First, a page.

CS in Algebra | Lesson 10

Rocket Height

Lesson time: 30-60 Minutes

Lesson Overview

Using the Design Recipe, students will work through a series of word problems about calculating the height of a rocket after a given number of seconds from launch. The functions they write will be used to animate the rocket launch.

Lesson Objectives

Students will:

Anchor Standard

Common Core Math Standards

Additional standards alignment can be found at the end of this lesson

Teaching Summary

Getting Started

1) Introduction

Activity: Rocket Height

2) Online Puzzles

Extension Activities

3) Non-linear Animation

Teaching Guide

Materials, Resources, and Prep

For the Student

Getting Started

1) Introduction

Functions are a key part of animation in computer programs. A function that draws a static picture of a bat, for example, can place the bat at a different location based on the input. When that input changes slightly based on time or user-interaction, the bat will appear to move. This is similar to the way that flip-book animations work, in which each page draws a static image that has changed by a small amount. When the pages are displayed quickly, the images appear to change smoothly.

Putting these images together, we arrive at an animation of the bat turning around.

In the online puzzles, students will find a black block for each function they create, in addition to the colored blocks they are used to. The black function box, which has no parameter inputs, represents the function as a Type of data. This allows you to pass your function into the 'start' function, where it can be used to control the rocket animation.

Another curiosity with this program is that the rocket-height function will be executed multiple times. The periodic execution creates the flip-book effect. As each second passes, the rocket-height function is executed again, the new location is calculated, and the rocket is re-drawn in its new location. This drawing and re-drawing in different locations gives the appearance of motion.

Lesson Tip

After creating simple linear movement, students will be asked to write functions to animate simple acceleration. Students will be given an input/output table from which to write their new function. You may want to work through these problems as a whole class, so that students can see how you might analyze an input/output table in order understand the relationship between input and output values.

Activity: Rocket Height

2) Online Puzzles

In this stage you'll write functions that manipulate images to create animations. Head to CS in Algebra stage 10 in Code Studio to get started programming.

Extension Activities

3) Non-linear Animation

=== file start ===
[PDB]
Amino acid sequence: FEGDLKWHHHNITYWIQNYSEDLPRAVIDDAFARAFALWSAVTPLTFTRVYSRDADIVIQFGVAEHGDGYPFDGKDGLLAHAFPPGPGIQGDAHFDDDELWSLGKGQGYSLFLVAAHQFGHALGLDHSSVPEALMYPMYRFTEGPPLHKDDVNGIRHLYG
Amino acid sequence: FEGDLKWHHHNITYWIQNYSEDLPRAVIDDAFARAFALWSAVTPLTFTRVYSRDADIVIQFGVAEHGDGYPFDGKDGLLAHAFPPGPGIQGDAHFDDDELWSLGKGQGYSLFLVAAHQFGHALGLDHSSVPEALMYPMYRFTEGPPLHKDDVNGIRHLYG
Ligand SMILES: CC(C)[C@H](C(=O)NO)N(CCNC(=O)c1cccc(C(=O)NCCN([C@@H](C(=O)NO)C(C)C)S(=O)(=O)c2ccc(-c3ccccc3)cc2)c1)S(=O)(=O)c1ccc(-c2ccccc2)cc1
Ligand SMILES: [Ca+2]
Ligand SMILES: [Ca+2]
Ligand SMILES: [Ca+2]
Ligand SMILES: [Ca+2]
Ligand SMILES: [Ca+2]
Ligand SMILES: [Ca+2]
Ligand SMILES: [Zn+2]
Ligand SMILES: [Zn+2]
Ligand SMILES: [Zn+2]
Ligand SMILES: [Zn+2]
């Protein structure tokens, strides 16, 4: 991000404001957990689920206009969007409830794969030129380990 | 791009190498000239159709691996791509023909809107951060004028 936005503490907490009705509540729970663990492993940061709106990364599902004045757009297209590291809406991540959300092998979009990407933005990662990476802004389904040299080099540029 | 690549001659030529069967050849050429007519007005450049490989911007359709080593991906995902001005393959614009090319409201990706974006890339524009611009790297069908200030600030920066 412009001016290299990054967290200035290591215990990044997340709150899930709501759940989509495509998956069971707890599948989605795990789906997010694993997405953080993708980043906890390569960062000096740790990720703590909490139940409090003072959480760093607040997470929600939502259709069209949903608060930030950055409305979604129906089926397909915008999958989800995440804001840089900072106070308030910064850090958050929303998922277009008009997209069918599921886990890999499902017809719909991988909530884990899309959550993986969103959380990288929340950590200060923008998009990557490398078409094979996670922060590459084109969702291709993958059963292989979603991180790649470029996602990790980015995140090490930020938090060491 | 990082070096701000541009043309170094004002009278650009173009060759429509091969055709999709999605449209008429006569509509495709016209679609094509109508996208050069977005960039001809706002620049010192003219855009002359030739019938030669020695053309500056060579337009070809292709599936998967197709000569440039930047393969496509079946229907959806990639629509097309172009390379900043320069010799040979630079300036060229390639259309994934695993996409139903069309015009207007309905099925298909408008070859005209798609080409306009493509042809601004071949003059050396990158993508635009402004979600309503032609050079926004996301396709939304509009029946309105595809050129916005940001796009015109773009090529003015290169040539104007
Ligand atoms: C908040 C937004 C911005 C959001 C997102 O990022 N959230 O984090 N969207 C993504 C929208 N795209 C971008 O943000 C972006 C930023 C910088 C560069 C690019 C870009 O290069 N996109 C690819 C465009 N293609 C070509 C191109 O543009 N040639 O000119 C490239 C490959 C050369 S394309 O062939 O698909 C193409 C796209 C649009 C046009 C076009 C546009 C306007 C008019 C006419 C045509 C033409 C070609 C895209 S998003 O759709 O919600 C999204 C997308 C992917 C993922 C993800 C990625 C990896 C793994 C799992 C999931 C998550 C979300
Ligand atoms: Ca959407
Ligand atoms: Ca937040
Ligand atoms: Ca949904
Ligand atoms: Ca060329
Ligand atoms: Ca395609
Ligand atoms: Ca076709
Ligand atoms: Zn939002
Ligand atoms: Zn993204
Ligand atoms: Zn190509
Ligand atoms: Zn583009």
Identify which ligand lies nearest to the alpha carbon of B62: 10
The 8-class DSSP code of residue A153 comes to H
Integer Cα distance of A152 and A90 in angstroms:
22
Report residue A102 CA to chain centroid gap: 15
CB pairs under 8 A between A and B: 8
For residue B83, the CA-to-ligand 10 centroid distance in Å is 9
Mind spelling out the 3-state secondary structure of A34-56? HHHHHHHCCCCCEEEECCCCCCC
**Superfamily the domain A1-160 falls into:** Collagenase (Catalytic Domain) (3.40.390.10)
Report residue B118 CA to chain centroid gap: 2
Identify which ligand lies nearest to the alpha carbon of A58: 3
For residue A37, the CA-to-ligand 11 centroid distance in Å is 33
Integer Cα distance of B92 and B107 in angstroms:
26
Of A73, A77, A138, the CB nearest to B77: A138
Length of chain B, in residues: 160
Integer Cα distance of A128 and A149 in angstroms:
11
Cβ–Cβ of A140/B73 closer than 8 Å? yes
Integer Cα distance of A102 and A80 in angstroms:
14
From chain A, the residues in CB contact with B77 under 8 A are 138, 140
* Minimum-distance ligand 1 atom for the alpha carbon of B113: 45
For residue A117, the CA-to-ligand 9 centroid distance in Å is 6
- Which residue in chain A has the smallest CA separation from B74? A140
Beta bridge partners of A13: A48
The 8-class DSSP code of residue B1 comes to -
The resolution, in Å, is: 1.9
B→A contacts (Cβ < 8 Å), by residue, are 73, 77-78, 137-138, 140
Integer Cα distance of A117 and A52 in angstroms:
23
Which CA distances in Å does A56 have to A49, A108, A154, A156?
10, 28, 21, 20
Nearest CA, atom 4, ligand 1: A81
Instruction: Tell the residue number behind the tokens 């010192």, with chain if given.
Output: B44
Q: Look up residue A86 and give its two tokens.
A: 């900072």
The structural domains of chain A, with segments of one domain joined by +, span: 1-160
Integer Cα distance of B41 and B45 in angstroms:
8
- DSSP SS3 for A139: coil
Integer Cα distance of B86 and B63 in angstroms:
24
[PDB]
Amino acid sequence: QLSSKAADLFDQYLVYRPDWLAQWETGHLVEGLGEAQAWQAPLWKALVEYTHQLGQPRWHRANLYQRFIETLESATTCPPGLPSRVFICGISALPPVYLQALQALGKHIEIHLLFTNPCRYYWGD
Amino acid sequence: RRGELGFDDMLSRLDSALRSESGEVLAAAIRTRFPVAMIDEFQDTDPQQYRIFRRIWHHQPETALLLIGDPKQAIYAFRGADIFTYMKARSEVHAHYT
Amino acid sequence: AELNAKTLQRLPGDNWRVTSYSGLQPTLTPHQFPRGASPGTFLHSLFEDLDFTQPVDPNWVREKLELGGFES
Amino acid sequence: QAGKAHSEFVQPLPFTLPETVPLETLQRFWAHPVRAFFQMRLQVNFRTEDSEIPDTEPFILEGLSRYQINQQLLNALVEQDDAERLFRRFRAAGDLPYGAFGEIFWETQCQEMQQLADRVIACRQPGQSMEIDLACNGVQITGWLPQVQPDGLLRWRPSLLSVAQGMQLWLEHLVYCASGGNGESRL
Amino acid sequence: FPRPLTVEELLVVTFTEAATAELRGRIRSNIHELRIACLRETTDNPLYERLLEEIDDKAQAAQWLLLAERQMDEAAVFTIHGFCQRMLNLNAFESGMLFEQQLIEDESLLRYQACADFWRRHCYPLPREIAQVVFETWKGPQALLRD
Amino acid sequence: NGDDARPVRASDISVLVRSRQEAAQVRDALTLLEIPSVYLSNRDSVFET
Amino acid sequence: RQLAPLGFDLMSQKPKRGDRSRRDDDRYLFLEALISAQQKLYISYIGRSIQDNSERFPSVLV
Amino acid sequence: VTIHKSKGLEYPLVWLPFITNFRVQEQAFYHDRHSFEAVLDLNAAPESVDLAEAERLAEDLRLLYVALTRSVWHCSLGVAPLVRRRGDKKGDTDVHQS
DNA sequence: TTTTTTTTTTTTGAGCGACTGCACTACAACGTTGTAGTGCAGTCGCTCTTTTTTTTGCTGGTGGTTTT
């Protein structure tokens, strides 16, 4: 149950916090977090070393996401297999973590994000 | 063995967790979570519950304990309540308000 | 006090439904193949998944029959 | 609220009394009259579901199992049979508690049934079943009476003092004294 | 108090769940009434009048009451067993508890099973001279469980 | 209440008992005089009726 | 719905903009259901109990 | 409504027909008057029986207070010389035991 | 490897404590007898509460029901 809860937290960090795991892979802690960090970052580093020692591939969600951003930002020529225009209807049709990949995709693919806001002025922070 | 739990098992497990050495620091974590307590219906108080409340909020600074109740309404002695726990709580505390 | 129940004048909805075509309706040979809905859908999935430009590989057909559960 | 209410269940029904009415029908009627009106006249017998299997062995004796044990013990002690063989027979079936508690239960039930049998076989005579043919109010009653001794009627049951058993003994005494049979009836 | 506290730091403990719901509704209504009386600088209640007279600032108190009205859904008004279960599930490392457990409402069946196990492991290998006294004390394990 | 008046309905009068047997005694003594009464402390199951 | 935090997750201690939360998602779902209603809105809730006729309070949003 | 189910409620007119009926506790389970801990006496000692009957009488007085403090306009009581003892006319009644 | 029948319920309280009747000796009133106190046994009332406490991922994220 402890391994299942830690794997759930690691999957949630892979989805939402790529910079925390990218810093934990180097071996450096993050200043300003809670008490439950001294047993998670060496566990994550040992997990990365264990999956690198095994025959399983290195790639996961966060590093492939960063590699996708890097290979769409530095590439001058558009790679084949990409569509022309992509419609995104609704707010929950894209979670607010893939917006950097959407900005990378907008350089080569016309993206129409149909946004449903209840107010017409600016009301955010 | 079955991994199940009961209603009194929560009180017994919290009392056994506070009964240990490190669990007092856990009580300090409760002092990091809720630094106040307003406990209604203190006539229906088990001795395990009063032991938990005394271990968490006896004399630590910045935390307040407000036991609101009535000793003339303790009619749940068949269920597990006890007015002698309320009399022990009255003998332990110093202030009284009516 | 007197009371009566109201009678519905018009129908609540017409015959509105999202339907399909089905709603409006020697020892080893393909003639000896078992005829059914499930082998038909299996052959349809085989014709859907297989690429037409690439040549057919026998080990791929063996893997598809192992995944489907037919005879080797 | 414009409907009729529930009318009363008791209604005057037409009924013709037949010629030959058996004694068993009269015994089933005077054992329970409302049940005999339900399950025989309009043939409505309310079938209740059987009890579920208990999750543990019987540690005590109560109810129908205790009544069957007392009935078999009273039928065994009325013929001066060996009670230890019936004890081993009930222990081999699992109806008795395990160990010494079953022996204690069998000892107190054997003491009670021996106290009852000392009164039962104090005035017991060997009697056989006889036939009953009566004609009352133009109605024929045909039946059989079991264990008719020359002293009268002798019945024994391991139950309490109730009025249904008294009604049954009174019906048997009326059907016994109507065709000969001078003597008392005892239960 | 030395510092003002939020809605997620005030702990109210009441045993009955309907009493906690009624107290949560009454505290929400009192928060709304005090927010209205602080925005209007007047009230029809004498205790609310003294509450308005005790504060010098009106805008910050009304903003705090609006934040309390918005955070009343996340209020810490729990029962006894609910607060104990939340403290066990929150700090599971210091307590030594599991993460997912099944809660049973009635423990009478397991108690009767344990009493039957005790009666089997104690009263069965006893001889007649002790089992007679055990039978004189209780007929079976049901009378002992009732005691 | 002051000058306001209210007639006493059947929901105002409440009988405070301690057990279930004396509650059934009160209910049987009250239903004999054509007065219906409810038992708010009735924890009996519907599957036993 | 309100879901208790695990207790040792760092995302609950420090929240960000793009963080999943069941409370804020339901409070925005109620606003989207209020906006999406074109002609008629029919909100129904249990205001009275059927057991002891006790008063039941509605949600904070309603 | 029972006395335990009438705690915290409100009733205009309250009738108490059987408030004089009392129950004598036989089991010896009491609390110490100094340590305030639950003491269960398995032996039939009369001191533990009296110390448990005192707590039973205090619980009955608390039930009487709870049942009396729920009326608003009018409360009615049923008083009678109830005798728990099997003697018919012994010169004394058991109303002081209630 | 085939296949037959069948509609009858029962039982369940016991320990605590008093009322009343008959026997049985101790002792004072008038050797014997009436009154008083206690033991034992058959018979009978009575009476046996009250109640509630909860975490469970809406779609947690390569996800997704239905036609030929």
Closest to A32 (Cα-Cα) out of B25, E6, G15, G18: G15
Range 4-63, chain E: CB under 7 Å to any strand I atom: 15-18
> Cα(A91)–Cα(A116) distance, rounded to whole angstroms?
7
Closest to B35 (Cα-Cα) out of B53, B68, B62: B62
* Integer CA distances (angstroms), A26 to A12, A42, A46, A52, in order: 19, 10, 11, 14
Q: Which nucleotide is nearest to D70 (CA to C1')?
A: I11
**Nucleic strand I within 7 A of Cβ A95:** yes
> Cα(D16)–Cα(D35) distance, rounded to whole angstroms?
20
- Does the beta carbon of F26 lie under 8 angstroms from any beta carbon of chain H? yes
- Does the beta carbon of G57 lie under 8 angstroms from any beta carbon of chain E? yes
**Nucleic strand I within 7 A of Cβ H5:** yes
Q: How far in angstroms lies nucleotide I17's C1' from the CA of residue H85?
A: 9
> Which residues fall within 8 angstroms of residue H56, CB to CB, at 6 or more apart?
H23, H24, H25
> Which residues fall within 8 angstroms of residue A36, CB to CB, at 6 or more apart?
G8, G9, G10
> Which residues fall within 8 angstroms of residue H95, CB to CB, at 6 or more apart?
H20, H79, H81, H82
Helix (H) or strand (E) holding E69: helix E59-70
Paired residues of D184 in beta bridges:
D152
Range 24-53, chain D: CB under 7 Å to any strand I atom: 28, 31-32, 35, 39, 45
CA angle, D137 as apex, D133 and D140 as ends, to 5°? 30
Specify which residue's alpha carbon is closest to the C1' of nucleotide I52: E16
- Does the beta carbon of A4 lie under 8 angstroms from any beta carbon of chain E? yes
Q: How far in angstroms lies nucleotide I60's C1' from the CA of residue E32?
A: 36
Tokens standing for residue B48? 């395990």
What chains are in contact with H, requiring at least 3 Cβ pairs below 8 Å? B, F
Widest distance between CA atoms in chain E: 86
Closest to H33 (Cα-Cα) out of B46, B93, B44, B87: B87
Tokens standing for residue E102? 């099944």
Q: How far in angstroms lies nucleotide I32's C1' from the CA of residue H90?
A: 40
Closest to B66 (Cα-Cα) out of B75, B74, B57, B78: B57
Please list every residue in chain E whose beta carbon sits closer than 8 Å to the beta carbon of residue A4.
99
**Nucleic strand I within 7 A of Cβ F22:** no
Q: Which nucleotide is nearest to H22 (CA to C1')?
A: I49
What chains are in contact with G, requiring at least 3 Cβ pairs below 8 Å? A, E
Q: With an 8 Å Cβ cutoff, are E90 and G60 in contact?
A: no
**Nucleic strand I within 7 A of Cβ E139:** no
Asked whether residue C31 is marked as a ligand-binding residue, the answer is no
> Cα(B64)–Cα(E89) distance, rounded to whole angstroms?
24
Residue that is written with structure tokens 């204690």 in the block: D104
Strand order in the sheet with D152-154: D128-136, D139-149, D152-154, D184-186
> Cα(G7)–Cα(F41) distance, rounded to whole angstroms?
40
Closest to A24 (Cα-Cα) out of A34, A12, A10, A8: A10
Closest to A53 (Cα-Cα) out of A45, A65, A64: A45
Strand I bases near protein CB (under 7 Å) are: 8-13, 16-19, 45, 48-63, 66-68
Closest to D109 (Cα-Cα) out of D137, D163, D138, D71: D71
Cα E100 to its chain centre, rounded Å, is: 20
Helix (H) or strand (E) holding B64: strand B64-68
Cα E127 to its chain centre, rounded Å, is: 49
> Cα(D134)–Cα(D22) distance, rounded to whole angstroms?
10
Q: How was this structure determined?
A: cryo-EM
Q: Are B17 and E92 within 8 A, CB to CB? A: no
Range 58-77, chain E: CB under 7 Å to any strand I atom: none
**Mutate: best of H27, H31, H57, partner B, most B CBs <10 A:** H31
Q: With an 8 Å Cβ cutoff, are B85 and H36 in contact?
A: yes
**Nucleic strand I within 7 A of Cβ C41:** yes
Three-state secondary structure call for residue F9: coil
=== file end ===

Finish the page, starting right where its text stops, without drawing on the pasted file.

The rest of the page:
The final puzzle of this stage is a Free Play puzzle that will allow you amd your students to experiment with other variations on the rocket-height formula. One activity that students find particularly interesting (and often challenging) is to write functions that produce non-linear acceleration. If your students are familiar with quadratics then you can call this out as such, but even younger students who haven't yet seen quadratics can enjoy this extension challenge.

Place the following input/output tables on the board and see if students can come up with functions that will produce the appropriate animation.

Challenge 1

Input Output
1 10
2 40
3 90
4 160

Challenge 2

Input Output
1 15
2 45
3 95
4 165

Once students have figured out the provided Input Output tables, encourage them to come up with non-linear animation functions of their own.

Standards Alignment

Common Core Math Standards

  • 5.OA.1 - Use parentheses, brackets, or braces in numerical expressions, and evaluate expressions with these symbols.
  • 5.OA.2 - Write simple expressions that record calculations with numbers, and interpret numerical expressions without evaluating them. For example, express the calculation “add 8 and 7, then multiply by 2” as 2 × (8 + 7). Recognize that 3 × (18932 + 921) is three times as large as 18932 + 921, without having to calculate the indicated sum or product.
  • 6.NS.8 - Solve real-world and mathematical problems by graphing points in all four quadrants of the coordinate plane. Include use of coordinates and absolute value to find distances between points with the same first coordinate or the same second coordinate.
  • 6.EE.9 - Use variables to represent two quantities in a real-world problem that change in relationship to one another; write an equation to express one quantity, thought of as the dependent variable, in terms of the other quantity, thought of as the independent variable. Analyze the relationship between the dependent and independent variables using graphs and tables, and relate these to the equation. For example, in a problem involving motion at constant speed, list and graph ordered pairs of distances and times, and write the equation d = 65t to represent the relationship between distance and time.